What now?  One option: simply separate and drop out.  We use the immaturity of others as an excuse, feed our anger and bitterness, and refuse to gather with others at worship with self-righteous justification.  “If they were better people, I’d be there.”

Another option:  Ask this question: “I wonder how many people I’ve hurt and don’t even know about?” How many “othered” apologies have I offered?”  

Then there is the vital question:  “How much grace do I want to receive?”  Once that is answered, we stare at the corresponding question, “How much grace do I want others to receive?”

Forgive us our trespasses (sins, debts) as we forgive the trespasses (sins, debts) of others.”  These words form the centerpiece of healthy covenant worship life:  the mutual giving and receiving of forgiveness.  It is the hardest thing anyone ever does.  By offering forgiveness, we forever set down the possibility of vengeance.  

But by offering forgiveness, something else happens.  Chains fall off, souls and often bodies are healed, relationships are restored, and the kingdom of heaven advances.  What will you do with your hurts? Feed them or free them?  Please know this:  I don’t say this is easy.  I do say the act of forgiving others is more God-like than any other human action.  It’s time to set this things down and enter again into holy connection.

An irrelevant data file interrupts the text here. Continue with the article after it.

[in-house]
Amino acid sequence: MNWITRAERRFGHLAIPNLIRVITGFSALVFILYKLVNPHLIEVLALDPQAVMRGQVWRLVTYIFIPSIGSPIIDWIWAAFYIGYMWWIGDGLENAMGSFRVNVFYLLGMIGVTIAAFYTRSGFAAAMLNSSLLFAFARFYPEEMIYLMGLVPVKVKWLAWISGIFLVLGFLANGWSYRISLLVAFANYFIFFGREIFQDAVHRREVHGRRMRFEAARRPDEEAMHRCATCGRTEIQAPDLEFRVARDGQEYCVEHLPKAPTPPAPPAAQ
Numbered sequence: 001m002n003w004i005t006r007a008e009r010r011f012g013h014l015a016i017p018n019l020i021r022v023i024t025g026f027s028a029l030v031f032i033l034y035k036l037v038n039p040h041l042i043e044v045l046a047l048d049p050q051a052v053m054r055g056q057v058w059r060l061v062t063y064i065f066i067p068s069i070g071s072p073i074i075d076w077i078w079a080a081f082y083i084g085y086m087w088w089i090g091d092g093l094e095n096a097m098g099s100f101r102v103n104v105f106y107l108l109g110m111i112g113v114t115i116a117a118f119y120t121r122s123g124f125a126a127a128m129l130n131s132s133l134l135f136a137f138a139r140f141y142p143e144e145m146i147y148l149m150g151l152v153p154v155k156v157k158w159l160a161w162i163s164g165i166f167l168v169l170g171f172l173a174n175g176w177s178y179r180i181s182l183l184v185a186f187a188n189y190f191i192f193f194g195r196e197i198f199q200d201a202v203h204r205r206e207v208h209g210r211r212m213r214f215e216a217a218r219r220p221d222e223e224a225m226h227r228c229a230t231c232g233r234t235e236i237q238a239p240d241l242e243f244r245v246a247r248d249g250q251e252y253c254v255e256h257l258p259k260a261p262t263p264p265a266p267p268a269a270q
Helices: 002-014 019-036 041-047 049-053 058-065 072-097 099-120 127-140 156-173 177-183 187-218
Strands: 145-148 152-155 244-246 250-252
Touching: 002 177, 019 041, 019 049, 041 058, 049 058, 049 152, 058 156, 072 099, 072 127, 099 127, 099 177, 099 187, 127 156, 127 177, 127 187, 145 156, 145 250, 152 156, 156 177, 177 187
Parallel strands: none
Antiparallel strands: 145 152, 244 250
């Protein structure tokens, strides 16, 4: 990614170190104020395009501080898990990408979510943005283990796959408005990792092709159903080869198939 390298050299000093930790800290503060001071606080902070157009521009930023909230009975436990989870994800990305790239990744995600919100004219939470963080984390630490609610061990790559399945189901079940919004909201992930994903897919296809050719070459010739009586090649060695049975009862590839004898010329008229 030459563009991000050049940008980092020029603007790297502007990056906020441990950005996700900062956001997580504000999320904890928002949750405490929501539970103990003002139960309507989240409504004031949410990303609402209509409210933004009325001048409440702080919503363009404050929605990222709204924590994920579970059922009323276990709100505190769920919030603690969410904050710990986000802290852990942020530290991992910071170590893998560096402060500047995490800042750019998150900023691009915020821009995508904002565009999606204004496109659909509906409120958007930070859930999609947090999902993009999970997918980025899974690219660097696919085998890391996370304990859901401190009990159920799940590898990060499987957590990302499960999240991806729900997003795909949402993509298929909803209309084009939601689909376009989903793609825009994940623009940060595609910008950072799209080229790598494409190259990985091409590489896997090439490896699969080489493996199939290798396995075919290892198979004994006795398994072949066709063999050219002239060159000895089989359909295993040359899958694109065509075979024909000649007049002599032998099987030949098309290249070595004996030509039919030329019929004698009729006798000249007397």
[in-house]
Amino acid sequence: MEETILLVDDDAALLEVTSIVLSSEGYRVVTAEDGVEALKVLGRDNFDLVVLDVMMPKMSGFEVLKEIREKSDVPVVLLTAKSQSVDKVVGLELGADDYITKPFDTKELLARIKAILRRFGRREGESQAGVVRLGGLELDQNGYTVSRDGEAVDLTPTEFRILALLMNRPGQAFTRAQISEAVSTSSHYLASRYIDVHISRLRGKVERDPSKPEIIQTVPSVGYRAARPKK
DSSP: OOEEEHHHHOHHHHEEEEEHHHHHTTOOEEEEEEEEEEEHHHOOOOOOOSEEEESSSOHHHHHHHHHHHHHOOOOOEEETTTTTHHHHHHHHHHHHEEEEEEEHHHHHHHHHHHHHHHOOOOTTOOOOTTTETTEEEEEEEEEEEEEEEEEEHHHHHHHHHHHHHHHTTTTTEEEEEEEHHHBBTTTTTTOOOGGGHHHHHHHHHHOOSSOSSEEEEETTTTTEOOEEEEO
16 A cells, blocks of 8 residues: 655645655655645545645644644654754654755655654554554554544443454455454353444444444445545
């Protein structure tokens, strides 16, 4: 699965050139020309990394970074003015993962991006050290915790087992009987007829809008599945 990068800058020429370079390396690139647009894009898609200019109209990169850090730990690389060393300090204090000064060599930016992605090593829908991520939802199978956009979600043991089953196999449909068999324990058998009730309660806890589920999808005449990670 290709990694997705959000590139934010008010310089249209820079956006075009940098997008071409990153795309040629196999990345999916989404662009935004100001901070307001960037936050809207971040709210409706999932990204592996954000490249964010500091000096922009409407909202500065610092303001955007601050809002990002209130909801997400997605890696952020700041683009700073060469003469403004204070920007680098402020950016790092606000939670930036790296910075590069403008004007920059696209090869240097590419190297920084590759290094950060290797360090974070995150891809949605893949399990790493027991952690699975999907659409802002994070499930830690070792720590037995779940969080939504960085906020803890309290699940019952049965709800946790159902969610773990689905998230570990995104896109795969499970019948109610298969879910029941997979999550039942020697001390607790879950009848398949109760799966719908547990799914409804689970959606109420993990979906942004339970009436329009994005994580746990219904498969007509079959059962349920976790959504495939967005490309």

Vicki Attaway said...

My feelings don't get hurt very often because I don't wear them on my sleeve. I am usually so preoccupied with what my heart is doing in church that possible affronts probably roll right off my back. I believe that not as many of such snubs happen as often as people think they do. But I do understand that where there are people, there will be occasional clashes of interpersonal spaces and wills.

I've had the experience at one of the churches I attended where one of the ladies would just walk right past me without a glance, and I would find myself literally smiling at the air. I wondered what to do, if she just didn't like me or what. So I got to saying Hi and her name, refusing to meet snub for snub, and when she still wouldn't acknowledge me, I began to give her the benefit of the doubt---maybe she was always deep in thought, maybe she was depressed,sad, shy, feeling ill.

And so what IF she really didn't like me. Did that keep me from liking her. So I would watch her from afar, and when she interacted happily with someone else, at least I knew she had someone to be with.